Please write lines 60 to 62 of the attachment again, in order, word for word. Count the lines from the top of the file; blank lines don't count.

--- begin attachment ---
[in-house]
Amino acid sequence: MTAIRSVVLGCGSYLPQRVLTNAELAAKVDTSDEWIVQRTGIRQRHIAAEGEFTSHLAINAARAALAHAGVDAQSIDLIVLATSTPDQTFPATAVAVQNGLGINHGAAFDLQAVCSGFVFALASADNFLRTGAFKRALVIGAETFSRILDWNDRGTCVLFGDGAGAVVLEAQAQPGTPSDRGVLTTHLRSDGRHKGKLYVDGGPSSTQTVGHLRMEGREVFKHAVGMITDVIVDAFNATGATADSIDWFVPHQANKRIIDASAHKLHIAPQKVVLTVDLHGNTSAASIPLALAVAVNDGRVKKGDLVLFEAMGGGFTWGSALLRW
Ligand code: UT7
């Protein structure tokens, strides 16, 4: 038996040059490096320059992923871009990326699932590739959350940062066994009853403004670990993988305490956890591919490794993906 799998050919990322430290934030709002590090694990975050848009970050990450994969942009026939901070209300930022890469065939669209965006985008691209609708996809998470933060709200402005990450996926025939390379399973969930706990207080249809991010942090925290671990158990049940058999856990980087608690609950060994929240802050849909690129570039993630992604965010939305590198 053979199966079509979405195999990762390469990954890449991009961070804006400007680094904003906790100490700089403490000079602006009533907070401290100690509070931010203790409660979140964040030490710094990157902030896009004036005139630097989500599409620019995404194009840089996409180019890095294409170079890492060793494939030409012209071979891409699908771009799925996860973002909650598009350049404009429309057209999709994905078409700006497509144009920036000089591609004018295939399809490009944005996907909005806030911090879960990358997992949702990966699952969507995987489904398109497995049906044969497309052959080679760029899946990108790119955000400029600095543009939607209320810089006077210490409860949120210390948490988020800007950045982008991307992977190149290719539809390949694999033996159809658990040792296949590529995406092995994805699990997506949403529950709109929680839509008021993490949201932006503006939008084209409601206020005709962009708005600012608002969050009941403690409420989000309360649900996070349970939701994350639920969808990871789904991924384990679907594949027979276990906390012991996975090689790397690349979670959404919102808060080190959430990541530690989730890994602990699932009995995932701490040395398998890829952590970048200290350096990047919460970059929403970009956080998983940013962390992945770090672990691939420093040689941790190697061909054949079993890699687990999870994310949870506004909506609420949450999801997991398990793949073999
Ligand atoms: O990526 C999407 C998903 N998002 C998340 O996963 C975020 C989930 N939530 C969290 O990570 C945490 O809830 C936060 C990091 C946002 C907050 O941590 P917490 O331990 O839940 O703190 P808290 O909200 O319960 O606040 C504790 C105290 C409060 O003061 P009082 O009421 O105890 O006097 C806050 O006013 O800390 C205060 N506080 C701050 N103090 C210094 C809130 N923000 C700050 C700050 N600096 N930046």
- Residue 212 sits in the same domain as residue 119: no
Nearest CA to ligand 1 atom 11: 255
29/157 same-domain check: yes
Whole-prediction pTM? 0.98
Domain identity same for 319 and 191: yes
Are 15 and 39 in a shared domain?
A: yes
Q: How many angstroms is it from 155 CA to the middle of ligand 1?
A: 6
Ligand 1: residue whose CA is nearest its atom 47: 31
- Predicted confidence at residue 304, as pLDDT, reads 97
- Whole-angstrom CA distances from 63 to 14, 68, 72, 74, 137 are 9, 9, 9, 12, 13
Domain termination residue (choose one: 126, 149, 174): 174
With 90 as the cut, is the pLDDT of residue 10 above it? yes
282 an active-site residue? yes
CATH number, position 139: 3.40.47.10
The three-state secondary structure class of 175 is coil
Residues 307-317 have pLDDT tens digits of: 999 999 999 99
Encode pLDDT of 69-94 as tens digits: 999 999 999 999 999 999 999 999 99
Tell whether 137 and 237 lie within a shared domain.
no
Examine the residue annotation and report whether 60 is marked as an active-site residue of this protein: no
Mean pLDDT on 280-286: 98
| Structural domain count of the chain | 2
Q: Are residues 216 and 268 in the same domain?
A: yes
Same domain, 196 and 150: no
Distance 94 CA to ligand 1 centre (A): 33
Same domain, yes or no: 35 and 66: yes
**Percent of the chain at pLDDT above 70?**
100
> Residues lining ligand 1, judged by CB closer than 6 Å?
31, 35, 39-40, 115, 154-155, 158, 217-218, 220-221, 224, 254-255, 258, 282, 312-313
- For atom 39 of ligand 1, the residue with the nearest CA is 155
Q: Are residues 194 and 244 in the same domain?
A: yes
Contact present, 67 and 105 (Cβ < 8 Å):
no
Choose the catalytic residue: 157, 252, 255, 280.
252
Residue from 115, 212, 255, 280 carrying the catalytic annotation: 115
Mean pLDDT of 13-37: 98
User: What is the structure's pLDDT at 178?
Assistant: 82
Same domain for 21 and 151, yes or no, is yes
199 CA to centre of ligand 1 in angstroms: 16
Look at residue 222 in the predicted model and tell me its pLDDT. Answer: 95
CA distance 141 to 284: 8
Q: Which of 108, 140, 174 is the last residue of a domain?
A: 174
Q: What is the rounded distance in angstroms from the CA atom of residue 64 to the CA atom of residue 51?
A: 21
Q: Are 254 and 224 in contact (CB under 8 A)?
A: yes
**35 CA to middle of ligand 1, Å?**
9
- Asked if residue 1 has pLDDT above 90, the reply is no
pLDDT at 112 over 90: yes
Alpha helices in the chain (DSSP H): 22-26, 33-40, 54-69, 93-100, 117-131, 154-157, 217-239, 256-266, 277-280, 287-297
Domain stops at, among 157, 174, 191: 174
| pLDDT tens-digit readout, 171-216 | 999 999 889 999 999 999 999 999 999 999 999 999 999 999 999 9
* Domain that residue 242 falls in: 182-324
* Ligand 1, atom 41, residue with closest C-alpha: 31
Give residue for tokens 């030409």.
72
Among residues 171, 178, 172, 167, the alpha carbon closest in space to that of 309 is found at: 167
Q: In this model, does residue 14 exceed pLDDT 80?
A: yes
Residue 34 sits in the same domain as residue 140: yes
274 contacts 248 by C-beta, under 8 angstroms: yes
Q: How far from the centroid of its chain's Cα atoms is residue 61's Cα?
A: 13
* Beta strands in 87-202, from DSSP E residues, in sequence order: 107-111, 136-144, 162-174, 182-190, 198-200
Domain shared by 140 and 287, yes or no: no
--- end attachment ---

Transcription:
**35 CA to middle of ligand 1, Å?**
9
- Asked if residue 1 has pLDDT above 90, the reply is no